Your riding-bridle you will make of an ordinary halter by riveting two snaps to the lower part of the head-piece just above the corners of the horse's mouth. These are snapped into the rings of the bit. At night you unsnap the bit, remove it and the reins, and leave the halter part on the horse. Each animal, riding and packing, has furthermore a short lead-rope attached always to his halter-ring.

Of pack-saddles the ordinary sawbuck tree is by all odds the best, provided it fits. It rarely does. If you can adjust the wood accurately to the anatomy of the individual horse, so that the side pieces bear evenly and smoothly without gouging the withers or chafing the back, you are possessed of the handiest machine made for the purpose. Should individual fitting prove impracticable, get an old LOW California riding-tree and have a blacksmith bolt an upright spike on the cantle. You can hang the loops of the kyacks or alforjas--the sacks slung on either side the horse--from the pommel and this iron spike. Whatever the saddle chosen, it should be supplied with breast-straps, breeching, and two good cinches.

The kyacks or alforjas just mentioned are made either of heavy canvas, or of rawhide shaped square and dried over boxes. After drying, the boxes are removed, leaving the stiff rawhide like small trunks open at the top. I prefer the canvas, for the reason that they can be folded and packed for railroad transportation. If a stiffer receptacle is wanted for miscellaneous loose small articles, you can insert a soap-box inside the canvas. It cannot be denied that the rawhide will stand rougher usage.

Probably the point now of greatest importance is that of saddle-padding. A sore back is the easiest thing in the world to induce,--three hours' chafing will turn the trick,--and once it is done you are in trouble for a month. No precautions or pains are too great to take in assuring your pack-animals against this. On a pinch you will give up cheerfully part of your bedding to the cause. However, two good-quality woolen blankets properly and smoothly folded, a pad made of two ordinary collar-pads sewed parallel by means of canvas strips in such a manner as to lie along both sides of the backbone, a well-fitted saddle, and care in packing will nearly always suffice. I have gone months without having to doctor a single abrasion.

You will furthermore want a pack-cinch and a pack-rope for each horse. The former are of canvas or webbing provided with a ring at one end and a big bolted wooden hook at the other. The latter should be half-inch lines of good quality. Thirty-three feet is enough for packing only; but we usually bought them forty feet long, so they could be used also as picket-ropes. Do not fail to include several extra. They are always fraying out, getting broken, being cut to free a fallen horse, or becoming lost.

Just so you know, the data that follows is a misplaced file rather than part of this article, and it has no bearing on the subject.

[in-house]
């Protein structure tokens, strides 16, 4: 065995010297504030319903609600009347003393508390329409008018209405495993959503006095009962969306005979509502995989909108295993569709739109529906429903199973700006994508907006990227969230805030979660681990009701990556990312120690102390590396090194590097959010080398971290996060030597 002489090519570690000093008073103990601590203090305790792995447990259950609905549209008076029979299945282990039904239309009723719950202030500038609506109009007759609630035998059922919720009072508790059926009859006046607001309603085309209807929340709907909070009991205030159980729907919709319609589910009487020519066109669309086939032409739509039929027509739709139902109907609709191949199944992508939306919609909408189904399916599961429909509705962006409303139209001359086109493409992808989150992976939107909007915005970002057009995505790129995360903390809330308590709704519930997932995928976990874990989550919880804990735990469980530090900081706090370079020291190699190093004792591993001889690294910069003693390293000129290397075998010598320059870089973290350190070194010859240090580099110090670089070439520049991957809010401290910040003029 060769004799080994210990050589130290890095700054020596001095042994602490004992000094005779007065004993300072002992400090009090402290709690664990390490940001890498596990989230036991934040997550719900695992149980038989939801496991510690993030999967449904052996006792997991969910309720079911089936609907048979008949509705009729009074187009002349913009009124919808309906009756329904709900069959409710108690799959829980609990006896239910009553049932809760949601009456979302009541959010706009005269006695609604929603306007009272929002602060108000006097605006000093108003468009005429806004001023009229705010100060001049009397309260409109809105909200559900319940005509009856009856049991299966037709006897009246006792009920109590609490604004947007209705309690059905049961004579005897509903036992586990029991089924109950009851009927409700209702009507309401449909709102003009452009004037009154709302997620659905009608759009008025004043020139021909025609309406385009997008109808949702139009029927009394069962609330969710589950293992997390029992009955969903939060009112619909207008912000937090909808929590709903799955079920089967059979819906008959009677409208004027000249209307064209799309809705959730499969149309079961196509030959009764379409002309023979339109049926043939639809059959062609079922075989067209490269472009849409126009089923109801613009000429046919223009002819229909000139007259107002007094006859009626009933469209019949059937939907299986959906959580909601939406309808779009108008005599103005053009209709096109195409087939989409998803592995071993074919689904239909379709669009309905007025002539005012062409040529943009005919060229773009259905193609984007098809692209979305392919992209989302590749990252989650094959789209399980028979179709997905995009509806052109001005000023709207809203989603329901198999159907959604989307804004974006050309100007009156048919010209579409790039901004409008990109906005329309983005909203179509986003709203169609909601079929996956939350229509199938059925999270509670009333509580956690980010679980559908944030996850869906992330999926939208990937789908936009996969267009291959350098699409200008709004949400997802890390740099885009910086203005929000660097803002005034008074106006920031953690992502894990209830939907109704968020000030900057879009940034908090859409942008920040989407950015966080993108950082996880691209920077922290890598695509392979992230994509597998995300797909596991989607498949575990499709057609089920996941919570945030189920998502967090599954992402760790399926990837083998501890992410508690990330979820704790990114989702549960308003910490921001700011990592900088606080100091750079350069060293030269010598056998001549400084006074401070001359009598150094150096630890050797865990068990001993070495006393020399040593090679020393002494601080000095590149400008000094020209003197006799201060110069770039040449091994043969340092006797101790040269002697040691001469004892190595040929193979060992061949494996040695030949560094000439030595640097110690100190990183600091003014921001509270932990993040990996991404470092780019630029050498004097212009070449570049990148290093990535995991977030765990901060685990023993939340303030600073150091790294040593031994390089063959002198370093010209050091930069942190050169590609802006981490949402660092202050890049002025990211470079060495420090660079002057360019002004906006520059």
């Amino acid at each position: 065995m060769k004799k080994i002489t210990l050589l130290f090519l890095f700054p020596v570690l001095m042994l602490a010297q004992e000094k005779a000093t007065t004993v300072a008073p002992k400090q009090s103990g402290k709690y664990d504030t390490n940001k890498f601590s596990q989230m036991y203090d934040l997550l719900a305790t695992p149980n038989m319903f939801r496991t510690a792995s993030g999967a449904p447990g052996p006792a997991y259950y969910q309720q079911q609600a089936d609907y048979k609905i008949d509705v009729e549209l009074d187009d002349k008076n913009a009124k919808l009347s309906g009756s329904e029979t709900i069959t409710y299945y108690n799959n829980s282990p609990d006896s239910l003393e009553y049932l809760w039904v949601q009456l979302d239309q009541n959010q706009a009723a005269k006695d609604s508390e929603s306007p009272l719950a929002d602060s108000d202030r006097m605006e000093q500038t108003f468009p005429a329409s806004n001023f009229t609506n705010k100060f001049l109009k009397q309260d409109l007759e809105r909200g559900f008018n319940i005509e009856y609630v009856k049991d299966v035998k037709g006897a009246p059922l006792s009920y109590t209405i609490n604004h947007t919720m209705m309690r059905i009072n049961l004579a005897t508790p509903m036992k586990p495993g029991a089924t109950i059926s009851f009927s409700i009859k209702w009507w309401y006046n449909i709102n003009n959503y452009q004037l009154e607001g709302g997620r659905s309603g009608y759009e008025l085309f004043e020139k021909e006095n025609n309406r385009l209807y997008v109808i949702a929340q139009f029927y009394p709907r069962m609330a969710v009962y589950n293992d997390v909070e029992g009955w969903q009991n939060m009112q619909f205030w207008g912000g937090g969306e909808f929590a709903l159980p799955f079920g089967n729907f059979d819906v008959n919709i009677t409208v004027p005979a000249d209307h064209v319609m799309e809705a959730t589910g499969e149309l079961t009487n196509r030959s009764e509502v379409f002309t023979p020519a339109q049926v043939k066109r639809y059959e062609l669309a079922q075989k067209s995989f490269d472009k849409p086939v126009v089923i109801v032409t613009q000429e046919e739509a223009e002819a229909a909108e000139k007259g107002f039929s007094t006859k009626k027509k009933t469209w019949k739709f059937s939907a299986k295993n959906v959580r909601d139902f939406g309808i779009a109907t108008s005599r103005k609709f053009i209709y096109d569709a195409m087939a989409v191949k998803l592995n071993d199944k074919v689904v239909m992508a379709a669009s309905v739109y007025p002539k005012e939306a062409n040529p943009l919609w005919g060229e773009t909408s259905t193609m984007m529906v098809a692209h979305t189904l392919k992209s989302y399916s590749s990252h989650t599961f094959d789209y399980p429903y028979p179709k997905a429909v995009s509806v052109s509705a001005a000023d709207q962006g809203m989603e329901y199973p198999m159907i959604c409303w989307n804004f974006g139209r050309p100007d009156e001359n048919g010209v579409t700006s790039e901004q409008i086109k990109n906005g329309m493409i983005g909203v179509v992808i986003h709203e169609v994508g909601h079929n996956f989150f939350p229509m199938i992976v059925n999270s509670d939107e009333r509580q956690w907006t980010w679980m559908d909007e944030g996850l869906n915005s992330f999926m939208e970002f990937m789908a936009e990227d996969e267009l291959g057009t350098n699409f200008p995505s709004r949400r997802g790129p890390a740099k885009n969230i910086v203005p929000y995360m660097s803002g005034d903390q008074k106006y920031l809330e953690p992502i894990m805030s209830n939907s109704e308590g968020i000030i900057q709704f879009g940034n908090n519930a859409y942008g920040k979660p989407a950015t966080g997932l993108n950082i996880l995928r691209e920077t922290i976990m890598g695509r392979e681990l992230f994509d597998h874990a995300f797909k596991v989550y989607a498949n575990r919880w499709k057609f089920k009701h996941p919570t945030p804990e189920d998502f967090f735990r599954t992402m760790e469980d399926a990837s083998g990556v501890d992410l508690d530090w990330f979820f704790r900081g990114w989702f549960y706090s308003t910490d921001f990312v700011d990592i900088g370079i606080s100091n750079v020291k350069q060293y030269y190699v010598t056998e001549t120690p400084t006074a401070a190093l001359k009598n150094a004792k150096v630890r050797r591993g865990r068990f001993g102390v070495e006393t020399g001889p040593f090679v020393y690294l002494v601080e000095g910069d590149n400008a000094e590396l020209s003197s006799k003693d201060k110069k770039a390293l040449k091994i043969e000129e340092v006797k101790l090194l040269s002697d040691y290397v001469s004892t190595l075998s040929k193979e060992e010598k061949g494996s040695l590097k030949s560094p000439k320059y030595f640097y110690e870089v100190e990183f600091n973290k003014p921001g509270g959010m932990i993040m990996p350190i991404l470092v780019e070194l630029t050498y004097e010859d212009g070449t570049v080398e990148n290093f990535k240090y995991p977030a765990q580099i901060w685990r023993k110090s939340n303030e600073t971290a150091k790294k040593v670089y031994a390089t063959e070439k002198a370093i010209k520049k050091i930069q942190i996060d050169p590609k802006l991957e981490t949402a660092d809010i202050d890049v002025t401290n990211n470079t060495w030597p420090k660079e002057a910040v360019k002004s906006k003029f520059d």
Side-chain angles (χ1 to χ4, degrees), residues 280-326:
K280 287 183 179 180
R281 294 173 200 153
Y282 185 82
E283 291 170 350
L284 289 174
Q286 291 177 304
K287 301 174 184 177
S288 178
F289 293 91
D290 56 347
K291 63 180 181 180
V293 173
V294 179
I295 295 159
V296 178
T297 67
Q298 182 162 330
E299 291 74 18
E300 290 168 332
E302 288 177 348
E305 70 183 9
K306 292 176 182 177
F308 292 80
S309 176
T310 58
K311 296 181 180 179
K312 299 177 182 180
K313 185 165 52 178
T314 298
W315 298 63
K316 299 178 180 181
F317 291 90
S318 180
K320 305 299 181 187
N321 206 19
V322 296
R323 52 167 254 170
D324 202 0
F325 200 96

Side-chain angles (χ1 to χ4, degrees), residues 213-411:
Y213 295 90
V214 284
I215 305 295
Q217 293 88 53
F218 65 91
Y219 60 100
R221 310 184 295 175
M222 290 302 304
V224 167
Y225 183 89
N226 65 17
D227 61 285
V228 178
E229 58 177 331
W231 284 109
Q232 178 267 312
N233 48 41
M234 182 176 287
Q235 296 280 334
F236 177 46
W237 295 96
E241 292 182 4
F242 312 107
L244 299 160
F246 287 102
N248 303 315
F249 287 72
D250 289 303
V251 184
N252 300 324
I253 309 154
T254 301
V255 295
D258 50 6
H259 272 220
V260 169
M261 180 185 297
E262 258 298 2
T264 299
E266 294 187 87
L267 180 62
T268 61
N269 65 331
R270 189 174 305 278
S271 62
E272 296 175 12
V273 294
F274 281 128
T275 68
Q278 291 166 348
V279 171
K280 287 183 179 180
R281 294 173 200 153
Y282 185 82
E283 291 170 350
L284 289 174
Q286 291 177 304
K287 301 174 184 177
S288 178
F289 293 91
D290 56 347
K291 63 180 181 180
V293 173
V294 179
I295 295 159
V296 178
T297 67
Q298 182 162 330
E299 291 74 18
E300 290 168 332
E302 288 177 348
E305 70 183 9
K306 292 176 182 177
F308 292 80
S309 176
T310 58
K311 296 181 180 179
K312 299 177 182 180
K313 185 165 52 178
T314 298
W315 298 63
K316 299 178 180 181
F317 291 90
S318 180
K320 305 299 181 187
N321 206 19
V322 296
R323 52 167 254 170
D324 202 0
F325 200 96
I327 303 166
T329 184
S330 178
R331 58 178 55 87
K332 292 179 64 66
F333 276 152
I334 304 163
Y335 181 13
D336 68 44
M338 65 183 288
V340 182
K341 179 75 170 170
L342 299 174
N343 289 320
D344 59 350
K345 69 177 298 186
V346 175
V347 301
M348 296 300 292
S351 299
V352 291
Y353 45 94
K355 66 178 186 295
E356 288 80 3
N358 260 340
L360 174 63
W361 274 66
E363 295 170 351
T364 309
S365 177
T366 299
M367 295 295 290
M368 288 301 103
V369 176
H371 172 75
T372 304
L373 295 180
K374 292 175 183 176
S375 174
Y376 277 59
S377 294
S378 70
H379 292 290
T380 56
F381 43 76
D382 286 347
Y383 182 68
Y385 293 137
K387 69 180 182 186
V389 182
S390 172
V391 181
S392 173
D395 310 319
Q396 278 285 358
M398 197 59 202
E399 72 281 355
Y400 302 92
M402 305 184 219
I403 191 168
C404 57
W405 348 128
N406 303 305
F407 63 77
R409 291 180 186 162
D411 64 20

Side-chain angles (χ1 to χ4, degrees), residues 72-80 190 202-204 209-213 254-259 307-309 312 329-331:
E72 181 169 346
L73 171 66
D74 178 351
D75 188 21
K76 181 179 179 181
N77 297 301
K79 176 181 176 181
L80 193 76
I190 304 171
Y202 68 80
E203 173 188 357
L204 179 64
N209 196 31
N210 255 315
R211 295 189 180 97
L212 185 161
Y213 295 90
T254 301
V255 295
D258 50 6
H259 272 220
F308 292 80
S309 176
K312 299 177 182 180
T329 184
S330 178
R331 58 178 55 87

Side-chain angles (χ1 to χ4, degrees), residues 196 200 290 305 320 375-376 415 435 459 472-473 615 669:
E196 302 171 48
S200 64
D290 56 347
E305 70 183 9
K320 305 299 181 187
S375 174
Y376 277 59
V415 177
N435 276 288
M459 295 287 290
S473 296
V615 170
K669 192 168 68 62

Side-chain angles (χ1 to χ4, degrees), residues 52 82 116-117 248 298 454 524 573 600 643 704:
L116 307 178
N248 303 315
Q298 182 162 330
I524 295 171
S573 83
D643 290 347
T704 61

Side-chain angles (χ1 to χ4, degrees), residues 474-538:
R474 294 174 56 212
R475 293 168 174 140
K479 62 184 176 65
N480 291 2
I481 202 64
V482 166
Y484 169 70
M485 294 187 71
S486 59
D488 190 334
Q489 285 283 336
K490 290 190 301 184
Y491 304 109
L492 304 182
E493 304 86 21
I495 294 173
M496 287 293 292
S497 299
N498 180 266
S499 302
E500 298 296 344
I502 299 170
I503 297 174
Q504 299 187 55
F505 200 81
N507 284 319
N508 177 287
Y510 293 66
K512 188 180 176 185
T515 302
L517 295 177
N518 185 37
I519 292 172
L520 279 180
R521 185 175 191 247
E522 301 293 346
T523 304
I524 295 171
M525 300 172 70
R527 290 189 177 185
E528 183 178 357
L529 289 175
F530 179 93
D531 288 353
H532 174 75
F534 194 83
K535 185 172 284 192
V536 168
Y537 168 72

Besides the picket-ropes, you will also provide for each horse a pair of strong hobbles. Take them to a harness-maker and have him sew inside each ankle-band a broad strip of soft wash-leather twice the width of the band. This will save much chafing. Some advocate sheepskin with the wool on, but this I have found tends to soak up water or to freeze hard. At least two loud cow-bells with neck-straps are handy to assist you in locating whither the bunch may have strayed during the night. They should be hung on the loose horses most inclined to wander.

Accidents are common in the hills. The repair-kit is normally rather comprehensive. Buy a number of extra latigos, or cinch-straps. Include many copper rivets of all sizes--they are the best quick-repair known for almost everything, from putting together a smashed pack-saddle to cobbling a worn-out boot. Your horseshoeing outfit should be complete with paring-knife, rasp, nail-set, clippers, hammer, nails, and shoes. The latter will be the malleable soft iron, low-calked "Goodenough," which can be fitted cold. Purchase a dozen front shoes and a dozen and a half hind shoes. The latter wear out faster on the trail. A box or so of hob-nails for your own boots, a waxed end and awl, a whetstone, a file, and a piece of buckskin for strings and patches complete the list.

Thus equipped, with your grub supply, your cooking-utensils, your personal effects, your rifle and your fishing-tackle, you should be able to go anywhere that man and horses can go, entirely self-reliant, independent of the towns.

(The end)
Stewart Edward White's essay: On Equipment